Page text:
IBM, Walmart, JD Harness Blockchain Tech to Improve Food Transparency, Safety in China

IBM has announced that it is teaming up with Walmart, and Tsinghua University National Engineering Laboratory for E-Commerce Technologies to launch a Blockchain Food Safety Alliance to enhance food tracking, traceability and safety in China.

The four organizations will work together to create a standards-based method of collecting data about the origin, safety and authenticity of food, using blockchain technology to provide real-time traceability throughout the supply chain. This will encourage accountability and give suppliers, regulators and consumers greater insight and transparency into how food is handled, from the farm to consumers. This has traditionally been challenging due to complex and fragmented data sharing systems that are often paper-based and can be error-prone.

The standards will be developed in cooperation with food supply chain providers and regulators to enable a broad-based food safety ecosystem in China. IBM will provide its IBM Blockchain Platform, while Tsinghua University will act as a technical advisor sharing its expertise in the key technologies and the China food safety ecosystem. Together, they will collaborate with Walmart and JD to develop, optimize and roll out the technology to suppliers and retailers that join the Alliance.

Walmart is already investing heavily in food safety research and China via its Walmart Food Safety and Collaboration and has promoted food safety through its own supplier network, as well as working with JD. The two have been able to leverage JD’s experience in the application of artificial intelligence, blockchain, big data and other new technologies to protect customers.

IBM, Walmart and Tsinghua University have begun piloting the use of blockchain to trace food items, including pork in China and mangoes in the US, as they move through the supply chain to store shelves. Recent testing by Walmart showed that applying blockchain reduced the time it took to trace a package of mangoes from the farm to the store from days or weeks to two seconds.

“Blockchain holds incredible promise in delivering the transparency that is needed to help promote food safety across the whole supply chain. This is a fundamental reason why IBM believes so strongly in the impact this technology will have on business models,” said Bridget van Kralingen, SVP at IBM Industry Platforms. “By expanding our food safety work with Walmart and Tsinghua University in China and adding new collaborators like, the technology brings traceability and transparency to a broader network of food supply chain participants.”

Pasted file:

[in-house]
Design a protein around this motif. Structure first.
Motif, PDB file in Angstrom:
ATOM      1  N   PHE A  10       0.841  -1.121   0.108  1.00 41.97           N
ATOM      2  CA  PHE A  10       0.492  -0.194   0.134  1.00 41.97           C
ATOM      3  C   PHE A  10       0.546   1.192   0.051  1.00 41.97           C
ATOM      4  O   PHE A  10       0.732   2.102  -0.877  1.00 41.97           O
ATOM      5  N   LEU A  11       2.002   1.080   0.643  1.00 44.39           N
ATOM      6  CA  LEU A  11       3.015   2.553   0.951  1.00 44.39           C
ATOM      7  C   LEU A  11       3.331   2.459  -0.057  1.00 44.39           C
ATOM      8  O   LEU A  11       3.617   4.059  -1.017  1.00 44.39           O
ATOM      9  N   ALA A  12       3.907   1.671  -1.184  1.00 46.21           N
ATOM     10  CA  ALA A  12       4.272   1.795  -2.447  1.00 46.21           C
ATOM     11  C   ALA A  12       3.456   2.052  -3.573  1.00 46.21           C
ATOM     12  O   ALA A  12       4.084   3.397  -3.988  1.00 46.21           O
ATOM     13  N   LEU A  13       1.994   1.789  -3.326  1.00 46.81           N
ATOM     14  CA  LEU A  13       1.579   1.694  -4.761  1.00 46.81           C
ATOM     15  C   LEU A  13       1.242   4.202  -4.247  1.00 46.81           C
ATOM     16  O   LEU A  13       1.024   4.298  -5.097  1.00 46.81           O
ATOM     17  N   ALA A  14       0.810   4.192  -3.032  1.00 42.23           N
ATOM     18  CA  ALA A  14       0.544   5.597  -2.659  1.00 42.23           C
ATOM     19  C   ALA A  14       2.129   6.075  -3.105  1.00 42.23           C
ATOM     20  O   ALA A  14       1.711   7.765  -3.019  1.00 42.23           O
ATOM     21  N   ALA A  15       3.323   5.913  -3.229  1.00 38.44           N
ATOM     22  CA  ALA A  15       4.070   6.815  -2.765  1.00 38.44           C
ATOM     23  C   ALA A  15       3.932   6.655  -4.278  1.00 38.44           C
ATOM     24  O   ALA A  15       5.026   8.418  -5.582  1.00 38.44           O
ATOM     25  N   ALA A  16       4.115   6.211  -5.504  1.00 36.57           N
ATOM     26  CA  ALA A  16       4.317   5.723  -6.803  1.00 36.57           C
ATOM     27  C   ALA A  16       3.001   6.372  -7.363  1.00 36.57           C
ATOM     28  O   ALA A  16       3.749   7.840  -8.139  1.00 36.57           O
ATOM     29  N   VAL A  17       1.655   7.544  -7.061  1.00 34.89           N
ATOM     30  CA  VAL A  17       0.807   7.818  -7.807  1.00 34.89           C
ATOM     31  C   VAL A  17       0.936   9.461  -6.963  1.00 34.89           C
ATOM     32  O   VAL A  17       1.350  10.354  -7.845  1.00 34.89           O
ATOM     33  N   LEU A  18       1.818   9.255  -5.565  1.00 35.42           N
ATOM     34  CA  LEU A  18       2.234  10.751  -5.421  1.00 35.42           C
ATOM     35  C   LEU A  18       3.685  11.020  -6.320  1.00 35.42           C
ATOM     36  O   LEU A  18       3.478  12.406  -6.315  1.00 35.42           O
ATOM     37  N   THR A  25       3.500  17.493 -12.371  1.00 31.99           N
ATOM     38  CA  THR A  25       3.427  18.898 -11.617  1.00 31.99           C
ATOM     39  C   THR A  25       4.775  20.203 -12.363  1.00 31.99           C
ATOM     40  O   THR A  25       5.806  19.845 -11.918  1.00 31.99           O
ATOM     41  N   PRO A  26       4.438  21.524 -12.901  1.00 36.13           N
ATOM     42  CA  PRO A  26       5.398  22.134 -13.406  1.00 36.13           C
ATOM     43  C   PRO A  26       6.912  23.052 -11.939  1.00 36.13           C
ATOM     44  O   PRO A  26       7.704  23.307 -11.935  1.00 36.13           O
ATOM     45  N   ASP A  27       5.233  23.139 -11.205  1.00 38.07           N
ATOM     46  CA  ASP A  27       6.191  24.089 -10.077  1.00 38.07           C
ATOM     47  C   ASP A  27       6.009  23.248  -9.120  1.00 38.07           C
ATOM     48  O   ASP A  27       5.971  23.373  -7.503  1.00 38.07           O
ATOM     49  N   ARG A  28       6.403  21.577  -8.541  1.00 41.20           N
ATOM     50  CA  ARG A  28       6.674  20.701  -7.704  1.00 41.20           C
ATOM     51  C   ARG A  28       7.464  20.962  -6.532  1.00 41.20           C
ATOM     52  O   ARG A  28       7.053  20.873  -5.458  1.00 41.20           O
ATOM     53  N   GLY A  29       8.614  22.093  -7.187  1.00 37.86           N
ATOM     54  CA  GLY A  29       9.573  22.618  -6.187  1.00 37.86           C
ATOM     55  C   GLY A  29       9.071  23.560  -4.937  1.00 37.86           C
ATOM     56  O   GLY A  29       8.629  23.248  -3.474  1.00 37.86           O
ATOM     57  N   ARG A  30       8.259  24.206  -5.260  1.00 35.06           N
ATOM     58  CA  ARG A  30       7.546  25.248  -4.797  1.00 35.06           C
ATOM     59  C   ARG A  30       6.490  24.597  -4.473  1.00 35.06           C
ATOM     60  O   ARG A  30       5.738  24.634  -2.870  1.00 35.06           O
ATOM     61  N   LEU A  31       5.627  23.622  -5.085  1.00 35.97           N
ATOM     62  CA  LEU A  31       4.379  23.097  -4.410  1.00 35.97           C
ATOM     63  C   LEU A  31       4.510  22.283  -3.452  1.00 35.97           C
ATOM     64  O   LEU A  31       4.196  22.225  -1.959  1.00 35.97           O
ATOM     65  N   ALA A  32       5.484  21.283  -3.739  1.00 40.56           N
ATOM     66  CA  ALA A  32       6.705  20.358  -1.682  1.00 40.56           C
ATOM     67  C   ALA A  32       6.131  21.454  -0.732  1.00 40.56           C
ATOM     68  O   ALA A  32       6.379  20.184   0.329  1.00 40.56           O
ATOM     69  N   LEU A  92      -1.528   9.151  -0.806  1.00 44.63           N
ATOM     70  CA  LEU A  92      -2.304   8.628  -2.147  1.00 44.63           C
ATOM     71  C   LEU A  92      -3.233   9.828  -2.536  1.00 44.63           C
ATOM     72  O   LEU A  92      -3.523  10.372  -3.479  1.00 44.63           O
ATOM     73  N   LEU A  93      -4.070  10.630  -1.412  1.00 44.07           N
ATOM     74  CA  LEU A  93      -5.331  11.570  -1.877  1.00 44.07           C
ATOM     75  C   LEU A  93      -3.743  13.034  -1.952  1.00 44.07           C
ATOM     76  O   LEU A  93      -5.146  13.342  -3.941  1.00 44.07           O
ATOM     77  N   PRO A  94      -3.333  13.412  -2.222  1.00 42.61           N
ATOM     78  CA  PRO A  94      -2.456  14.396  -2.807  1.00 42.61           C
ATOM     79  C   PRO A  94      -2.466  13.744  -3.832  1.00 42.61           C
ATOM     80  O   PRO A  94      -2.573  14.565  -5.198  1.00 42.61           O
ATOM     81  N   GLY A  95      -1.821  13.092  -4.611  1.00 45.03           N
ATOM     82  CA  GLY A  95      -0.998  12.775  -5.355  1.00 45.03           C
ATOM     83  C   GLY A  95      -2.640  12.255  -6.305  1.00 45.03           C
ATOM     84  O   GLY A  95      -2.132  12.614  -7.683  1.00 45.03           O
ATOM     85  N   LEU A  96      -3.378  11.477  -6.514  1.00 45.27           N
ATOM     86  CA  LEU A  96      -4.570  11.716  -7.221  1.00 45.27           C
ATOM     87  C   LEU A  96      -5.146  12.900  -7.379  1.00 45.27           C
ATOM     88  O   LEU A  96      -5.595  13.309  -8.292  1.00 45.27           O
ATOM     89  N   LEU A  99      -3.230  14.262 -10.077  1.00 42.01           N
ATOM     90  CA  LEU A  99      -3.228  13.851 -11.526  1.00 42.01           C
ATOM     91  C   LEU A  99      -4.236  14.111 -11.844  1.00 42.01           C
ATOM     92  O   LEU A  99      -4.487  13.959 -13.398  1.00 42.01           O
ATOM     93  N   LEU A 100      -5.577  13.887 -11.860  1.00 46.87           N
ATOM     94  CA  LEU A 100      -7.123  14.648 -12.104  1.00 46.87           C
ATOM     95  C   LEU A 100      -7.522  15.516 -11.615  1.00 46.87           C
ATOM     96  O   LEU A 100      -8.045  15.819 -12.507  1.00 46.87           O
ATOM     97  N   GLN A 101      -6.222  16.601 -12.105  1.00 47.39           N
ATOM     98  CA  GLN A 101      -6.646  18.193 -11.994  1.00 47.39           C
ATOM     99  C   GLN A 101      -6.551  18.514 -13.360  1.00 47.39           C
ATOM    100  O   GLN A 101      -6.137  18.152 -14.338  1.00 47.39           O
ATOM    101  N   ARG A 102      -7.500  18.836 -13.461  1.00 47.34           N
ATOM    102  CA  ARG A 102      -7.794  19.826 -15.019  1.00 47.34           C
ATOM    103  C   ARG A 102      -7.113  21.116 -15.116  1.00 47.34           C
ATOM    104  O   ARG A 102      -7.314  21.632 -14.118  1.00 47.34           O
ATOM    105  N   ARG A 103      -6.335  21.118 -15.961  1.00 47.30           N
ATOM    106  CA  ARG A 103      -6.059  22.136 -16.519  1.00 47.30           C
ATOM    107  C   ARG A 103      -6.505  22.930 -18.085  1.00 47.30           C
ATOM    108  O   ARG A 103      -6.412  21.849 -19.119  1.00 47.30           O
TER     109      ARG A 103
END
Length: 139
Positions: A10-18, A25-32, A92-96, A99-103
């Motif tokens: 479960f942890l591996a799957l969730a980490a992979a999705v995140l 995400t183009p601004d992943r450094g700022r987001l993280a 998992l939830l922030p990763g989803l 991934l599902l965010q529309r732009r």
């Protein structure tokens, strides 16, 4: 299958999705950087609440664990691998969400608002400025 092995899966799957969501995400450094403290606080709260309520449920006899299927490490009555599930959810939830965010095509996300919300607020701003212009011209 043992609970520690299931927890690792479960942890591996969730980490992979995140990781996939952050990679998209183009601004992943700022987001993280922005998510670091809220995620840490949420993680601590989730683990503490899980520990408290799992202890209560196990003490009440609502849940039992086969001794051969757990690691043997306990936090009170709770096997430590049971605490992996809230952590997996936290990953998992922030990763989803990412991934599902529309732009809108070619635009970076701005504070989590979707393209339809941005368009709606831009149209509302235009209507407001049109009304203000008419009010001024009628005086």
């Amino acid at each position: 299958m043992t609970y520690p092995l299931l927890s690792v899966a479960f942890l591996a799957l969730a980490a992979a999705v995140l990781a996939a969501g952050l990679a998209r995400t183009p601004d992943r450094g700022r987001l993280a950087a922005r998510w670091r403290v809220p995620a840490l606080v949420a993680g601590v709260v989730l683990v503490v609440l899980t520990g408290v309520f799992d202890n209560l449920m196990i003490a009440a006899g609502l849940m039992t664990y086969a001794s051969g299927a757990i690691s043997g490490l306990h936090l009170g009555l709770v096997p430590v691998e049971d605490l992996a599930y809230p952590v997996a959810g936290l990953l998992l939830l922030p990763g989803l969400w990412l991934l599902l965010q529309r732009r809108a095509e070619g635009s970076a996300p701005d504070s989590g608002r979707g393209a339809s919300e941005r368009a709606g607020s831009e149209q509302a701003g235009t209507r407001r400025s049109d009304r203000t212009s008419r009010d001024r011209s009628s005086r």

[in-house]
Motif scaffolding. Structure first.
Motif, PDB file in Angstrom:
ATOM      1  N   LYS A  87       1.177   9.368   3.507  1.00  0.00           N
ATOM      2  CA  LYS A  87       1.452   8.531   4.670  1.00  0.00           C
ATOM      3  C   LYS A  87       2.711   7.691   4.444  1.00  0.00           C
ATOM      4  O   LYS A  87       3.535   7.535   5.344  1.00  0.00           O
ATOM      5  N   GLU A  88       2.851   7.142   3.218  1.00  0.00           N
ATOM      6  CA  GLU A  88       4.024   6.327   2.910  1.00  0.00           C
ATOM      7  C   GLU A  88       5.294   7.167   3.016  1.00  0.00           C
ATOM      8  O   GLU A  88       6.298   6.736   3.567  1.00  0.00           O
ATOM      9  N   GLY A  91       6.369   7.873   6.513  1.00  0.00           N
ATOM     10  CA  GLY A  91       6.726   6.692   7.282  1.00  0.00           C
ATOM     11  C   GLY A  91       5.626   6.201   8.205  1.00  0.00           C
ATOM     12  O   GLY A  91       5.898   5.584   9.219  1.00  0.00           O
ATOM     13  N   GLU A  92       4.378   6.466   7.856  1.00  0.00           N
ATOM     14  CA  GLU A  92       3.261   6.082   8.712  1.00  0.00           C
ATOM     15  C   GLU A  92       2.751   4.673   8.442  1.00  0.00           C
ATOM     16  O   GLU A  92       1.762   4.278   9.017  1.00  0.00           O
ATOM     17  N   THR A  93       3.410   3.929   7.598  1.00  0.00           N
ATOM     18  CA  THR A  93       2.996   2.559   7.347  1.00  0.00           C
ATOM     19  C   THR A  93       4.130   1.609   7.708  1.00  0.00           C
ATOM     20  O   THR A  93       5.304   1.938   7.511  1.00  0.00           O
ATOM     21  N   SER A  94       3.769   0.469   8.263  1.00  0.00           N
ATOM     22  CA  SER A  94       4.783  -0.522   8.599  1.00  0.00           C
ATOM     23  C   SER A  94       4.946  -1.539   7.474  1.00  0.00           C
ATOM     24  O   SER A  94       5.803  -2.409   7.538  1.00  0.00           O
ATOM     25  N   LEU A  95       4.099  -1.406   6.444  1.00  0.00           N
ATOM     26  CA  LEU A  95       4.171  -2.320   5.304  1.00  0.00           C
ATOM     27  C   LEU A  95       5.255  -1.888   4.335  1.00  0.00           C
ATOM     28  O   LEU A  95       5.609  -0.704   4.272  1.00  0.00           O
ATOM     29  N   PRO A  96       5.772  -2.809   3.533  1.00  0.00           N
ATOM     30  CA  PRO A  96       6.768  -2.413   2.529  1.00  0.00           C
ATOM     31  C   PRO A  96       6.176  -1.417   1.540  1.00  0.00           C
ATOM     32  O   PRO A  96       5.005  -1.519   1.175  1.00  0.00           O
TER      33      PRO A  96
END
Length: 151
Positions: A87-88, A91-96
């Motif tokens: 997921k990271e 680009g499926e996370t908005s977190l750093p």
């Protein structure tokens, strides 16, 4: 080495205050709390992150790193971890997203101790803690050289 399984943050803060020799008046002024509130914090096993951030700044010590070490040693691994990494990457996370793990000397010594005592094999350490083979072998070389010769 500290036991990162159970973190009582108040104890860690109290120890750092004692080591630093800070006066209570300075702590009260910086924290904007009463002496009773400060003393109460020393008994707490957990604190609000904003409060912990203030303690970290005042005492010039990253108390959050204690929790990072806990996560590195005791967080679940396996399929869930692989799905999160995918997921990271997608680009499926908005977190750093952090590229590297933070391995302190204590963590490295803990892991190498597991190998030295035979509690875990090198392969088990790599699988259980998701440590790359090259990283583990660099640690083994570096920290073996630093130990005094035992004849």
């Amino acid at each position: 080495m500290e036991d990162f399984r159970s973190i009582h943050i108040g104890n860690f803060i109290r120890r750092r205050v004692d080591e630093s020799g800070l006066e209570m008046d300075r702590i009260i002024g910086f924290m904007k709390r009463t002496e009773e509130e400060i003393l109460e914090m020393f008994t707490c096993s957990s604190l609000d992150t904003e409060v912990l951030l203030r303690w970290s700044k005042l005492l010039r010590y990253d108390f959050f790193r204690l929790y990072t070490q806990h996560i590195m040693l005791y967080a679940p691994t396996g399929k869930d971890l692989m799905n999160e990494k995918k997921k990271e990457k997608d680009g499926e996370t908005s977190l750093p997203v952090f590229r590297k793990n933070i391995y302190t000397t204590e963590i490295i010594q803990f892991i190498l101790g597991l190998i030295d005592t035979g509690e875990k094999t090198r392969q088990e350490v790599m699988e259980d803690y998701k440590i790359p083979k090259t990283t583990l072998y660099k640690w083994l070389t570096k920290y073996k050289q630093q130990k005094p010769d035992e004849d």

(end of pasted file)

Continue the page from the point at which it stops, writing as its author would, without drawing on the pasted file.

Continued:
The collaboration is designed to help ensure brand owners’ data privacy while helping them integrate their online and offline traceability for food safety and quality management channels. Companies that join the alliance will be able to share information using blockchain technology and plans include them being able to choose the standards-based traceability solution that best suits their needs and legacy systems. This will, in turn, bring greater transparency to the supply chain and introduce new technologies to the retail sector designed to create a safer food environment.

The insights gained from the work in China will shed light on how blockchain technology can help improve processes such as recalls and verifications and enhance consumer confidence.

This latest effort builds on the efforts of IBM earlier this year to use blockchain technology to improve food industry transparency. In August, the company revealed that it was working with a consortium of sector heavy hitters, such as Driscoll**’s**, Nestl****é and Unilever to explore the potential of blockchain to boost traceability and transparency along the global food chain, and address challenges presented by food contamination.


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